New ploughing book captures characters and traditions

‘A Ploughing People’, a book celebrating farming life, including stories, traditions and the championships, was recently published. Written by journalist Valerie Cox, it set out to journey into the heartland of rural Ireland, in words and images, from the 1930s to present day.

After the highs and lows of the 86th National Ploughing Championships, which took place last week, this book might be the ideal ‘pick-me-up’ for those suffering ‘ploughing withdrawal’.

The book records stories from a changing way of life, where community spirit and the nod and the wink of a business deal still remain central. Cox journeyed across the country to discover what the ploughing means to people, whether it is vintage tractors, a pair of Clydesdales, or a plough handed down from a grandfather.

Among those featured is three-time world champion, Martin Keogh. Readers are also brought on a trip to Thady Kelleher country in east Cork. A further trip down memory lane is taken with the first ever Queen of the Plough, Anna Mai Donegan, who was crowned in 1955.

Cox, who lives in Co. Wicklow, has worked in newspapers and on radio and television. Over 11 years working on the Today programme on RTE Radio, she travelled around the country covering stories and events, including ‘the Ploughing’.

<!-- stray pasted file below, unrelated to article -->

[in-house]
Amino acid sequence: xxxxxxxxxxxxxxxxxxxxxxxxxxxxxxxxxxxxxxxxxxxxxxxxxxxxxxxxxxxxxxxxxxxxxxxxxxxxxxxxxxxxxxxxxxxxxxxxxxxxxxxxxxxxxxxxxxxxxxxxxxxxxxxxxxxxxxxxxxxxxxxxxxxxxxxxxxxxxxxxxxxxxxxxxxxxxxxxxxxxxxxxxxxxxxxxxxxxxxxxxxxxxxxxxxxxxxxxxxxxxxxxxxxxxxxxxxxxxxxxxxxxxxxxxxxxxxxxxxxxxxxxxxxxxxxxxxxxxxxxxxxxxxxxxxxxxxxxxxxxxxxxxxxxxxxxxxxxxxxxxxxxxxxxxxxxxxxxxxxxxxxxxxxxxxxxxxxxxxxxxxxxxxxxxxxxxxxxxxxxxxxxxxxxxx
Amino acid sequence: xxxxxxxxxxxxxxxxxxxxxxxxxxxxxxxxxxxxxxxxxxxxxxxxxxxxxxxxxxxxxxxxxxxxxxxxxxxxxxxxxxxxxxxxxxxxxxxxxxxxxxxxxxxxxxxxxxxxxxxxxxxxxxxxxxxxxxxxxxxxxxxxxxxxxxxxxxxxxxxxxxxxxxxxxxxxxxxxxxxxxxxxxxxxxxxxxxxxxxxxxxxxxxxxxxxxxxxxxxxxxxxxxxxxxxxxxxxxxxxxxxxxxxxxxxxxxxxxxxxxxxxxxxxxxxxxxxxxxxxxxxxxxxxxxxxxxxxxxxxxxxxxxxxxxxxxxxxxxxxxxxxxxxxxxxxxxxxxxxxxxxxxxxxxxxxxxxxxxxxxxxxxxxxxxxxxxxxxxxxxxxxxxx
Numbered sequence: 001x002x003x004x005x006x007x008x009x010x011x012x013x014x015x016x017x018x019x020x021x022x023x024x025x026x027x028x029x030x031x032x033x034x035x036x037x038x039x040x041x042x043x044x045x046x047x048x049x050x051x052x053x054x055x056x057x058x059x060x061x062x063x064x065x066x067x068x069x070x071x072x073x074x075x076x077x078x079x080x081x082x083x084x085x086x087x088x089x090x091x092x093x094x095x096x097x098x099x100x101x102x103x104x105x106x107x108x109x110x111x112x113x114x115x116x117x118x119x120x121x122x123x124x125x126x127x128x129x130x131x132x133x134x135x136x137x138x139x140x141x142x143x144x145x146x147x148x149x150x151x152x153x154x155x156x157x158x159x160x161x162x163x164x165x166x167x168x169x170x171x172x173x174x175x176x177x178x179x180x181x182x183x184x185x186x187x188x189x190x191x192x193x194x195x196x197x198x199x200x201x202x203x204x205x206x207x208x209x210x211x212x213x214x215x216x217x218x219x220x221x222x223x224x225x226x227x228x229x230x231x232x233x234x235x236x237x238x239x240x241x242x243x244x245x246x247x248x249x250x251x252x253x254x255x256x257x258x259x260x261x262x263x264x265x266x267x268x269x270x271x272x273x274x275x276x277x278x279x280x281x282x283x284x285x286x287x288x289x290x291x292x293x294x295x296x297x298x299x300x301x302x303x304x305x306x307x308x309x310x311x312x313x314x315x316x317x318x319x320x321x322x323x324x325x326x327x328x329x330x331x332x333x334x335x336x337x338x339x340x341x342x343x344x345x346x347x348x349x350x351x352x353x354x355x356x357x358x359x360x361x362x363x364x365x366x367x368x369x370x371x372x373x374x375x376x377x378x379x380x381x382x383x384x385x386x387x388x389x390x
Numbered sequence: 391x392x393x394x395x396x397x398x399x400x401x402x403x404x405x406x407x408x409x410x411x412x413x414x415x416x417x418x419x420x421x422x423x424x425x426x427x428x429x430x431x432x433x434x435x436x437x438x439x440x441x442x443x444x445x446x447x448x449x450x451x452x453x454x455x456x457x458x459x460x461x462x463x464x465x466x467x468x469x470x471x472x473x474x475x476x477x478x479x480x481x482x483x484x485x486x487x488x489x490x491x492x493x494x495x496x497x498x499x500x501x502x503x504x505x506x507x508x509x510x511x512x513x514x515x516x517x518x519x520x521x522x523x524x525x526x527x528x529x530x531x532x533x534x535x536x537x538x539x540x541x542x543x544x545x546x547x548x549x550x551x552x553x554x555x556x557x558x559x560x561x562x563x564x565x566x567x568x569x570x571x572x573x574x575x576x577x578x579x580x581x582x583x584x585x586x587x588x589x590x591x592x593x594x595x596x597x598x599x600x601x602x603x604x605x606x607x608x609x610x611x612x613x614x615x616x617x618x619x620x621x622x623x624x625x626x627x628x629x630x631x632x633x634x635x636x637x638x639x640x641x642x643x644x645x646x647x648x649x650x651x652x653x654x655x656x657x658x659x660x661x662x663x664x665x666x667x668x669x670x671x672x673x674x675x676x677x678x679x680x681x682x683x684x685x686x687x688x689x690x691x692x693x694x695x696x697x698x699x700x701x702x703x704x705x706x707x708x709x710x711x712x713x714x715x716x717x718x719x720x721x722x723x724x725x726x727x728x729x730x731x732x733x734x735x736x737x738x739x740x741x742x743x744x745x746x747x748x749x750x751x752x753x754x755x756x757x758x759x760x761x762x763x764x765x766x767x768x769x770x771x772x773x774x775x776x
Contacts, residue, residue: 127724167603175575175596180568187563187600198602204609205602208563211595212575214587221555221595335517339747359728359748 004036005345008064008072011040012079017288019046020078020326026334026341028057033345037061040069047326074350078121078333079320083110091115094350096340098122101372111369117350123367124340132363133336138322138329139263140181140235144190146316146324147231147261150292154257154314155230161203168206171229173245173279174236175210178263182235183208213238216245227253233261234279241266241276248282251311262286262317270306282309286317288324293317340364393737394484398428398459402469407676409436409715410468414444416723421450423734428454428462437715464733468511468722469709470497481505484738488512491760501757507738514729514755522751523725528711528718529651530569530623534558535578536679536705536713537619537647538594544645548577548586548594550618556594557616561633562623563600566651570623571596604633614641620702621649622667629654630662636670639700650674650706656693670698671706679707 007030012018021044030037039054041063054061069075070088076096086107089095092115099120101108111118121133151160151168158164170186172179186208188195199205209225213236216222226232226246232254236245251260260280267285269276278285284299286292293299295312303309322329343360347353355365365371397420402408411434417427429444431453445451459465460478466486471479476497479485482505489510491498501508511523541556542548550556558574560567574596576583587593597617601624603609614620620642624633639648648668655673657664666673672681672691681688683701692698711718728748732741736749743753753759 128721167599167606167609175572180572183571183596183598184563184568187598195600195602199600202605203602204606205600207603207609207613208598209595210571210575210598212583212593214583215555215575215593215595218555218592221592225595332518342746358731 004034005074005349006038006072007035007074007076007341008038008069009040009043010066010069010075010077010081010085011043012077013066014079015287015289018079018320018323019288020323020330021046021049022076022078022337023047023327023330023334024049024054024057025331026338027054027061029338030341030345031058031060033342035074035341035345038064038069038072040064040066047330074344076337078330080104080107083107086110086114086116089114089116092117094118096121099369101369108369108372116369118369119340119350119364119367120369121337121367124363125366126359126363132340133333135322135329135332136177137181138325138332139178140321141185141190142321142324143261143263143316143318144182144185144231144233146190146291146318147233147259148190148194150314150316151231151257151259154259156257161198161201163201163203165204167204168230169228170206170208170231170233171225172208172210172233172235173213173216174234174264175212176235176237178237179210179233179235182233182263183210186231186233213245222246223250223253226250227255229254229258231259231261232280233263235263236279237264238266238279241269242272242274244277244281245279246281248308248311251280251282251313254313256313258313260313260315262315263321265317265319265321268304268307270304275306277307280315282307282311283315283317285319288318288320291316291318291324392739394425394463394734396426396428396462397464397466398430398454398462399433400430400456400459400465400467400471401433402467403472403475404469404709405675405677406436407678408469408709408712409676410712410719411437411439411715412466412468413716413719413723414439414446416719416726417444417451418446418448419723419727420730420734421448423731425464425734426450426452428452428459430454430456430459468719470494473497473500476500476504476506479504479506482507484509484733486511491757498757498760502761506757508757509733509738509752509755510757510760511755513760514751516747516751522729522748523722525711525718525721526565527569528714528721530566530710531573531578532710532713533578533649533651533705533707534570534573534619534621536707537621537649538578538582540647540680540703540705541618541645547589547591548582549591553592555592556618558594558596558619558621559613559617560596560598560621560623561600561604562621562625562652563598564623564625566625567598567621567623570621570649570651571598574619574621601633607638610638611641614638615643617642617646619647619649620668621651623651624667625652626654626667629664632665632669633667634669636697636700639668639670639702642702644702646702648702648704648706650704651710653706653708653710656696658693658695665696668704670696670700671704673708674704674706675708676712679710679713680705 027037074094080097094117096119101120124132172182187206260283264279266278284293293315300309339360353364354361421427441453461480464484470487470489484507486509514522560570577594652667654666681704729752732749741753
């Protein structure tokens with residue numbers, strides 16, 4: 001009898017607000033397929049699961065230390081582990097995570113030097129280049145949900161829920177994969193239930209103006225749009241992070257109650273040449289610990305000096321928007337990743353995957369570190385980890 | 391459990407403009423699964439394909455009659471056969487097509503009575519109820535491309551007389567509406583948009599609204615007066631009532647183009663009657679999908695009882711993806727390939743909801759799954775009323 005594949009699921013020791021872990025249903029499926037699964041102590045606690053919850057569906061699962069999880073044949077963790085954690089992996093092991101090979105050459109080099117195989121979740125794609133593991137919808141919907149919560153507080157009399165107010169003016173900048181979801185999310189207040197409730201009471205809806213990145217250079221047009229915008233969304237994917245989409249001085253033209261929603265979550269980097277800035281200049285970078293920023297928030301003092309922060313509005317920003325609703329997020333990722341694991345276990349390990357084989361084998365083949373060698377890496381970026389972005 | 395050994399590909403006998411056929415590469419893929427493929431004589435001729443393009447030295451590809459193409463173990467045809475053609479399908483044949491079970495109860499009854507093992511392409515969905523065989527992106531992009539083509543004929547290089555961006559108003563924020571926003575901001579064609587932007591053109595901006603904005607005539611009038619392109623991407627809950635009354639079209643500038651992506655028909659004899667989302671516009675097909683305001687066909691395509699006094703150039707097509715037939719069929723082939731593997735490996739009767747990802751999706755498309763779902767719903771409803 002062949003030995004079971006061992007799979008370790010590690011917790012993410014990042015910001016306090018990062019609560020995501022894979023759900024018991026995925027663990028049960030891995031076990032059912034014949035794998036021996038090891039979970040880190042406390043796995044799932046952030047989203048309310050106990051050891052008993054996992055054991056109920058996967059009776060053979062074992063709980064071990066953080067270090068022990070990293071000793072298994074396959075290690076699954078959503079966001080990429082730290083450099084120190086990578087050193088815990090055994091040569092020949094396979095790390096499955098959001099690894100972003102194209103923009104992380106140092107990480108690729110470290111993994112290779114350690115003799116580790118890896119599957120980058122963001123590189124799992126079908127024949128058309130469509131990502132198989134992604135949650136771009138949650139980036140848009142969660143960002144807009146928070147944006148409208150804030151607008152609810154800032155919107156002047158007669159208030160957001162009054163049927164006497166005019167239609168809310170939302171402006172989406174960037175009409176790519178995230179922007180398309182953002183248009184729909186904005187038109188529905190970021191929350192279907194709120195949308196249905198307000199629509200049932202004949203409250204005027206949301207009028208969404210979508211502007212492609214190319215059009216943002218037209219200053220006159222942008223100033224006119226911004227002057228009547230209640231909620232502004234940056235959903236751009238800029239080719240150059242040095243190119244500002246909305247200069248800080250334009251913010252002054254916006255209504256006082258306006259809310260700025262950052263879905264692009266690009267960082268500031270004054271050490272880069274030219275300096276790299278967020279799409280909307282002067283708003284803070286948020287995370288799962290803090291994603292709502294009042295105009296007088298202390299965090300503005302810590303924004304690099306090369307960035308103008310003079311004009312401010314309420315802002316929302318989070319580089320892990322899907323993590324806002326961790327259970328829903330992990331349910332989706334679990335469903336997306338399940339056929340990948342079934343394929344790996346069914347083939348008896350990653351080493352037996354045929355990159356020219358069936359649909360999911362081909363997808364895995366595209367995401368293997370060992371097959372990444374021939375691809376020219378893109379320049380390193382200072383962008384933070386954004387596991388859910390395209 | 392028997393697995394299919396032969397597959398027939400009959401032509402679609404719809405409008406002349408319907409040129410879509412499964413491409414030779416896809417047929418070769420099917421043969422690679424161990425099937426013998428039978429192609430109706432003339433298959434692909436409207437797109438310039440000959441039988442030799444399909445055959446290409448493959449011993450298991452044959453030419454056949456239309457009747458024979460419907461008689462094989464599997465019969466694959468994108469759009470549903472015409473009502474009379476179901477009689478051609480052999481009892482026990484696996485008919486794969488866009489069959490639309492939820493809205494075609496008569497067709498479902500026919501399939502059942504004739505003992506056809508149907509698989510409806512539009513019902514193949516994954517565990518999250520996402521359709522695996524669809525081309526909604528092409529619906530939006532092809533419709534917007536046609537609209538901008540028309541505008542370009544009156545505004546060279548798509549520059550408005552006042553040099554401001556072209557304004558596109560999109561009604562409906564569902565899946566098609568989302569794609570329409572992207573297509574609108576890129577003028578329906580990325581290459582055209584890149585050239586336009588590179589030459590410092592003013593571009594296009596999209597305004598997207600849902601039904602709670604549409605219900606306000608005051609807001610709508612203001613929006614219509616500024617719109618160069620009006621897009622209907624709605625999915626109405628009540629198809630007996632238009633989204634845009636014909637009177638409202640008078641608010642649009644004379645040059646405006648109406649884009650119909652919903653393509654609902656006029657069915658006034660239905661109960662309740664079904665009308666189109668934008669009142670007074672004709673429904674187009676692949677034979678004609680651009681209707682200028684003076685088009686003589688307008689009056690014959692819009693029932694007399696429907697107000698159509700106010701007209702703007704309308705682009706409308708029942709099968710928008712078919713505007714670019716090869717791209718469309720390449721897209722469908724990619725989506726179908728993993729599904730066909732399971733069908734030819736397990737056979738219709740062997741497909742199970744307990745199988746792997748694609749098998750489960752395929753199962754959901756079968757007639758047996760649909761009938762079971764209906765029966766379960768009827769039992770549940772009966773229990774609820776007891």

A real sense of enjoyment in compiling this book comes across. Cox recalls dropping in to a ‘hooley’ in Dennis Kelleher’s kitchen in Banteer, and going to Abbeydorney in Co. Kerry, a village, she said, that has produced more champions than anywhere else. They included the first Queen of the Plough, Anna Mai Donegan.

This is a landscape profiled, that is rich with characters such as 74-year-old horse ploughman, Gerry King, said to have more All-Ireland horse ploughing titles than anyone else.

There’s also Joe Fahy from Galway, whose two greys, Paddy and Johnny, star in the Angelus on RTE. Zwena McCullough is hailed as the “first and only” woman to plough against men in the nationals.

JJ Bergin is remembered as the man who invented the controversial ‘farmerette’ and who also ran the National Ploughing Association for 27 years until his death in 1958. Sean O’Farrell, Cox outlined, continued to grow the championships until his own passing in 1972.

‘A Ploughing People’ is published by Hachette Books Ireland, at €19.99.